Michigan’s recently passed FY 2023 health budget focuses on behavioral health, workforce, and infrastructure

The Michigan FY 2023 $69 billion budget omnibus bill—House Bill 5783—adopted the negotiated Conference Committee Budget and was passed by the House and Senate on Friday, July 1st. It’s awaiting Gov. Gretchen Whitmer’s signature to be finalized.

The Michigan Department of Health and Human Services (MDHHS) items in the budget for FY 2023 is $200 million more than the FY 2022 year-to-date for a total of $33.4 billion. 

The Conference budget is the final step in the budgetary process and includes input from representatives of the House, Senate, and governor’s office. Similar to the Executive, House, and Senate budgets, the Conference budget includes greater investments in behavioral health, workforce pipeline, and maternal and reproductive care. However, the Conference budget differs in various ways, including by decreasing funding for reducing racial disparities. 

 

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Behavioral health funding in the Conference budget includes the House’s request of $3 million GF/GP for the Michigan Crisis and Access Line (MiCAL) to provide crisis intervention services to areas in Michigan where the federal 988 number does not reach. 

The Conference budget also includes funding to increase capacity for behavioral health inpatient facilities. It lowered this investment from $52.5 million GF/GP in the Executive budget to $41 million GF/GP. The investment also authorizes 87 FTE positions to increase capacity at the Hawthorn Center and to reimburse private providers of intensive psychiatric treatments.  

The $325 million one-time GF/GP allocated from the Executive budget for a new state-operated psychiatric hospital was moved to the Capital Outlay section of the omnibus budget. The Conference budget also makes a one-time investment of $165.6 million GF/GP for non-state psychiatric hospitals, $50 million GF/GP for competitive pediatric psychiatric infrastructure grants, $5 million GF/GP for Detroit Children’s Hospital psychiatric care, and $2.5 million GF/GP for Insight Behavioral Health in Flint. 

The Health Homes initiative in Michigan was also fully funded and includes $16.8 million gross ($2.5 GF/GP) to increase the number of counties with behavioral health homes from 37 to 42 and opioid health homes from 40 to 49. Unlike the House budget, the Conference budget does not require funds to be also used to implement intellectual or developmental disability health homes.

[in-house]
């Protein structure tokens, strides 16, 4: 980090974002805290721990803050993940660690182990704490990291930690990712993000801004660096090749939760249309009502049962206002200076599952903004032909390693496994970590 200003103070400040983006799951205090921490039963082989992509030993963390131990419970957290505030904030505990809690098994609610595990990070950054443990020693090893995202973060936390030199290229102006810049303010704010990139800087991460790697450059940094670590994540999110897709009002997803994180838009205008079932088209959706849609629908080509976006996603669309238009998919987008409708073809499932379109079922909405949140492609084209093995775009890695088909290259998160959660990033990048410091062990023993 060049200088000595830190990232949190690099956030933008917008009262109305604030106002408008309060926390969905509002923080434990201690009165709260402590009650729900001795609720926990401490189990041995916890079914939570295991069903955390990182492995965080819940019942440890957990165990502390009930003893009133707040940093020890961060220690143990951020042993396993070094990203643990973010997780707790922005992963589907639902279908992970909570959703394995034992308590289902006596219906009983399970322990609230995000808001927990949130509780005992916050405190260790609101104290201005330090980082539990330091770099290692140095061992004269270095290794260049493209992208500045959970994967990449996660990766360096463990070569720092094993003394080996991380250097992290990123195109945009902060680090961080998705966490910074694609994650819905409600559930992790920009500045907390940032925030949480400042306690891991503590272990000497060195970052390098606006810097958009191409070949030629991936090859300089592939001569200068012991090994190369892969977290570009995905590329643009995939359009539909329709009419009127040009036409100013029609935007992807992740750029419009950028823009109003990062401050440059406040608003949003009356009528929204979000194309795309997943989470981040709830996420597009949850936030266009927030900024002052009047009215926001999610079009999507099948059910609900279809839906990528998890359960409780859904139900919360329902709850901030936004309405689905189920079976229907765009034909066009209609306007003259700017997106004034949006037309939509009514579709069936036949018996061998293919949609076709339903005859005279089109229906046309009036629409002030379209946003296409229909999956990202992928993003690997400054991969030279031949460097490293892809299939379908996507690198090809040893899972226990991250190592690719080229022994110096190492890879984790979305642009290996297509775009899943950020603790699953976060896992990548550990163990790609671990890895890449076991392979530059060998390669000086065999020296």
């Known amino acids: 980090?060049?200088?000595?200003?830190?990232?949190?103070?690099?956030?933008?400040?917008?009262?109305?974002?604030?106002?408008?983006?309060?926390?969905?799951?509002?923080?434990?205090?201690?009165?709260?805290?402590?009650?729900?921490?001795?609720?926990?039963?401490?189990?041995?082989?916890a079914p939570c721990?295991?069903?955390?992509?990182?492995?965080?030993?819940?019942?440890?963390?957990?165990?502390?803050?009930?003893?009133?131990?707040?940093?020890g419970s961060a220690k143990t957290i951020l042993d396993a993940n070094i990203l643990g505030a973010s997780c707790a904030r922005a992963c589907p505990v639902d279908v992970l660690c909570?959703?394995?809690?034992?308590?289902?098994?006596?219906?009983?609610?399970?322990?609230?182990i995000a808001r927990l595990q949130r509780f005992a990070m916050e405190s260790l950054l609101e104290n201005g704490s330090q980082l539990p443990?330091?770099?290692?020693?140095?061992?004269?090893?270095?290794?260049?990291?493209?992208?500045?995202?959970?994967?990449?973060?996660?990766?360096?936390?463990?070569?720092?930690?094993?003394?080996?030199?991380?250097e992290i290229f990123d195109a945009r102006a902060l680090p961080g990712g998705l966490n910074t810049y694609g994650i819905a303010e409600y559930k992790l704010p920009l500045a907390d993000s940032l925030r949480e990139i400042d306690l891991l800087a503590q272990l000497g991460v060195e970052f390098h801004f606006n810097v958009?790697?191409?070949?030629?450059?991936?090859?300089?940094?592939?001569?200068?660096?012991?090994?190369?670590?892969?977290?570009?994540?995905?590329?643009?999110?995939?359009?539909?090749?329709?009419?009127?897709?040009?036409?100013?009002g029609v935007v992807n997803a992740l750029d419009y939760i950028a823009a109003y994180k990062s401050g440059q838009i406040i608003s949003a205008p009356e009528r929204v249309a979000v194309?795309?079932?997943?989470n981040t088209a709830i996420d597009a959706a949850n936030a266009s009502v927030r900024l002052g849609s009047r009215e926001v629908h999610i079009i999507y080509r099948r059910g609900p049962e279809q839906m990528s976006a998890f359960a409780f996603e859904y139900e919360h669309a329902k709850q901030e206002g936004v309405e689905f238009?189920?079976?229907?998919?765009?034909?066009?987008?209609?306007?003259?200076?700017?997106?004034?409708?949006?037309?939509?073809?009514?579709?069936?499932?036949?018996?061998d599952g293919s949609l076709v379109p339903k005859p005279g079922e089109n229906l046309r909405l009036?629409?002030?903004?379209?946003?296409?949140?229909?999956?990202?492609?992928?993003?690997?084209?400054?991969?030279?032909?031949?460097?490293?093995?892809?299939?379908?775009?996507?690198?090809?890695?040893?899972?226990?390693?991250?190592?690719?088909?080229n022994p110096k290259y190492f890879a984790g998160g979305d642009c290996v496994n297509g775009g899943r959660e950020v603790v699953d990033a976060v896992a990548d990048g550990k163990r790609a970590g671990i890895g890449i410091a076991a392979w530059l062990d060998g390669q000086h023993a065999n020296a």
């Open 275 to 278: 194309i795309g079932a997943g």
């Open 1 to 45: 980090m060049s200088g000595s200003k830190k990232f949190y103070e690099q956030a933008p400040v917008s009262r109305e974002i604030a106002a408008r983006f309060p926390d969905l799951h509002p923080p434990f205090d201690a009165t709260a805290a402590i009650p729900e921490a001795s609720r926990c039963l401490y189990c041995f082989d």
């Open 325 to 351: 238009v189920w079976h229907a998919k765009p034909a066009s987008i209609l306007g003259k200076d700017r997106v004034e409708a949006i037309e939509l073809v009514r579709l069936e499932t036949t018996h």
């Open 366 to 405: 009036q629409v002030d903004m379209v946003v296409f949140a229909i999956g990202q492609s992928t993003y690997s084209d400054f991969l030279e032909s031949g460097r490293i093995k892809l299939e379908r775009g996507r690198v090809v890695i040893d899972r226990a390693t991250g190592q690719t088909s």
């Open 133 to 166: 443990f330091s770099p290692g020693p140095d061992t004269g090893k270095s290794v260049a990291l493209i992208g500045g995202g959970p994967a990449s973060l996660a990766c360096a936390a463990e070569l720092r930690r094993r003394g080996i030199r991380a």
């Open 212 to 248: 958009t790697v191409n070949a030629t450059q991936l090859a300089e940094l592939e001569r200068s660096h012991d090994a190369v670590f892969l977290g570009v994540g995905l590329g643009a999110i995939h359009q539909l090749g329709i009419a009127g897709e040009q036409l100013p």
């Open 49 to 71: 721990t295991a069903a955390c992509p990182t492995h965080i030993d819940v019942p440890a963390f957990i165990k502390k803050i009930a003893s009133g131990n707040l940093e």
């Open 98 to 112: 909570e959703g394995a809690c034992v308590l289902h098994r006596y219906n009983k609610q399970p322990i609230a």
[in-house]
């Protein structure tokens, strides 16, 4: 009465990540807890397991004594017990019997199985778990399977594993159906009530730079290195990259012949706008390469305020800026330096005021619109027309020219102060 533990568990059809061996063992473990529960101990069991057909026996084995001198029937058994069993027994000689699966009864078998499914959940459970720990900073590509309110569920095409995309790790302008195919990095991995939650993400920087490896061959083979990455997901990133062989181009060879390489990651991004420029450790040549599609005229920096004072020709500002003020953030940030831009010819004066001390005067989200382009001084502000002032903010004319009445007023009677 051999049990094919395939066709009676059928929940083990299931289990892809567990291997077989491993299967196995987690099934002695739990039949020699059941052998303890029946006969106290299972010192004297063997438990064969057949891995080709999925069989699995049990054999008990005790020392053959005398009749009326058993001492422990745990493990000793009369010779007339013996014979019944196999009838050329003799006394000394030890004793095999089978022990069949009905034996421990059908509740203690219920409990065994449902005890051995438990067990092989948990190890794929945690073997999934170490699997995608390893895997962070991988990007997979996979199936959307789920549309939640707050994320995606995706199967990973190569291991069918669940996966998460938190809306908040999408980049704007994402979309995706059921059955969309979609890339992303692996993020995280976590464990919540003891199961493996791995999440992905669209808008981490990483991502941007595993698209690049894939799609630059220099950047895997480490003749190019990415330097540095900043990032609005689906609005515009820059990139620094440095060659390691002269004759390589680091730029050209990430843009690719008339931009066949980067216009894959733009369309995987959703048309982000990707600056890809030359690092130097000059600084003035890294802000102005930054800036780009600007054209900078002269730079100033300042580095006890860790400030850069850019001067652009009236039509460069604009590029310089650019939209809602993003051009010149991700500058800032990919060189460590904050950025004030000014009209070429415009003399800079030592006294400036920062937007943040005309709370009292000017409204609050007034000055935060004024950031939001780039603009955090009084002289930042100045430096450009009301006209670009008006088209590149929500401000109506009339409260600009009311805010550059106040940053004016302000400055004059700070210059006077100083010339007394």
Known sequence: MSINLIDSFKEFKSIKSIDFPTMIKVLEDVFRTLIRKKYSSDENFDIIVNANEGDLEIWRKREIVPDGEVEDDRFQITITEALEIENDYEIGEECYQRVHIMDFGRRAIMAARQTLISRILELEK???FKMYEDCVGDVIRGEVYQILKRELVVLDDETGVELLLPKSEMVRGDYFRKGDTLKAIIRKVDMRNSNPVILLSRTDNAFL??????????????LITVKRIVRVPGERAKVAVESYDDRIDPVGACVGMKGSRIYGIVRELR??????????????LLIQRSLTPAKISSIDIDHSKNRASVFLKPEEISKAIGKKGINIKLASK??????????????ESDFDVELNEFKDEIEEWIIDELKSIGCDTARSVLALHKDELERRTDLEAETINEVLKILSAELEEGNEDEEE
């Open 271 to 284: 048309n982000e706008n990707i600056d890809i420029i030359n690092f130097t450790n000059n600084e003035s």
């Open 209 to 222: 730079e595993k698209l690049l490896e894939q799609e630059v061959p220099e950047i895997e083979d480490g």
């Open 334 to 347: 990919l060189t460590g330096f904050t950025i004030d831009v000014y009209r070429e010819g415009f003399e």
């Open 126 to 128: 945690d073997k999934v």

Other smaller investments in the Conference budget include $10 million GF/GP for the Jail Diversion Fund and $8.3 million GF/GP for the Salvation Army Safe Harbor.

The Conference budget also includes funding to assist the health care workforce in the state, but it invests less than some of the other budgets. The Executive budget provided one-time funding of $25 million GF/GP to support behavioral health provider loan repayment programs, whereas the Conference budget only allocates $10 million GF/GP. 

The Conference budget also concurs with the House to include $5 million GF/GP for 4 projects to increase the number of psychiatric mental health nurse practitioners and provide training for direct care workers. The budget also allocates $56 million gross to a Michigan higher education program to increase access to nursing education through community colleges. 

Previous budgets had allocations and language to demonetize abortion providers and invest money in abortion alternatives. The House appropriated $50,000 GF/GP to provide notice and information to providers that MDHHS is not to use the state general fund on elective abortions, whereas the Senate language prohibits any funding from going to an entity that provides elective abortions. The Conference budget concurs with the House allocation and excludes the Senate language. 

The Conference budget also allocates a $700,000 gross increase in Temporary Assistance for Needy Families funding for Real Alternatives pregnancy and parenting services programs promoting alternatives to abortion, $1.5 million GF/GP to pregnancy resource centers, and $4 million GF/GP to expand safe housing and supportive services for underserved pregnant women. All these allocations originate from the House budget. 

While the Executive budget included a $10 million one-time GF/GP allocation for firearm injury and violence prevention initiatives, the Conference budget only includes $1 million for training and assistance for school districts for local violence prevention strategies to reduce school gun violence.

Doula care, a priority of MDHHS, also receives $1.2 million GF/GP in the Conference budget for the expansion of Healthy Moms Healthy Babies maternal and infant health and support programs. 

The Conference budget also greatly reduces allocations for new initiatives to reduce health disparities. The Executive budget allocated $20 million gross ($15 million GF/GP) for 5 new health disparities initiatives centering on racial disparities, while the Conference budget includes just $500,000 GF/GP for uterine fibroid education and outreach.